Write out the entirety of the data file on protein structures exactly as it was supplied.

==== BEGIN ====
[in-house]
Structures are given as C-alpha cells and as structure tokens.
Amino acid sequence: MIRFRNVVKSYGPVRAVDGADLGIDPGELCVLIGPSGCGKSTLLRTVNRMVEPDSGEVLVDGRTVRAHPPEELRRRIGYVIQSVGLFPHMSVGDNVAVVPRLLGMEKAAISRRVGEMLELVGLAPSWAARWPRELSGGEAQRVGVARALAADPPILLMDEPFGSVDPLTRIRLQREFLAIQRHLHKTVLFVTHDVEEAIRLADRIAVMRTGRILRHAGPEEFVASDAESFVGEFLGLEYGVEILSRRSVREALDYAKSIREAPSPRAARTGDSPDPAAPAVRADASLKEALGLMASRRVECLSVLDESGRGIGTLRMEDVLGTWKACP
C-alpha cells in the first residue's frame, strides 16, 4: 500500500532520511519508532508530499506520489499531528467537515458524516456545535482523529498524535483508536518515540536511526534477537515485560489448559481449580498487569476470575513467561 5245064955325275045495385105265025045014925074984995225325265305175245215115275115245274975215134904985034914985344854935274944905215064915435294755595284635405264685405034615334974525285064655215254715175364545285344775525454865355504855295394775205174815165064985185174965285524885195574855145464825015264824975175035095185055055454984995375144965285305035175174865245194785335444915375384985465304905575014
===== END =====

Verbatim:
[in-house]
Structures are given as C-alpha cells and as structure tokens.
Amino acid sequence: MIRFRNVVKSYGPVRAVDGADLGIDPGELCVLIGPSGCGKSTLLRTVNRMVEPDSGEVLVDGRTVRAHPPEELRRRIGYVIQSVGLFPHMSVGDNVAVVPRLLGMEKAAISRRVGEMLELVGLAPSWAARWPRELSGGEAQRVGVARALAADPPILLMDEPFGSVDPLTRIRLQREFLAIQRHLHKTVLFVTHDVEEAIRLADRIAVMRTGRILRHAGPEEFVASDAESFVGEFLGLEYGVEILSRRSVREALDYAKSIREAPSPRAARTGDSPDPAAPAVRADASLKEALGLMASRRVECLSVLDESGRGIGTLRMEDVLGTWKACP
C-alpha cells in the first residue's frame, strides 16, 4: 500500500532520511519508532508530499506520489499531528467537515458524516456545535482523529498524535483508536518515540536511526534477537515485560489448559481449580498487569476470575513467561 5245064955325275045495385105265025045014925074984995225325265305175245215115275115245274975215134904985034914985344854935274944905215064915435294755595284635405264685405034615334974525285064655215254715175364545285344775525454865355504855295394775205174815165064985185174965285524885195574855145464825015264824975175035095185055055454984995375144965285305035175174865245194785335444915375384985465304905575014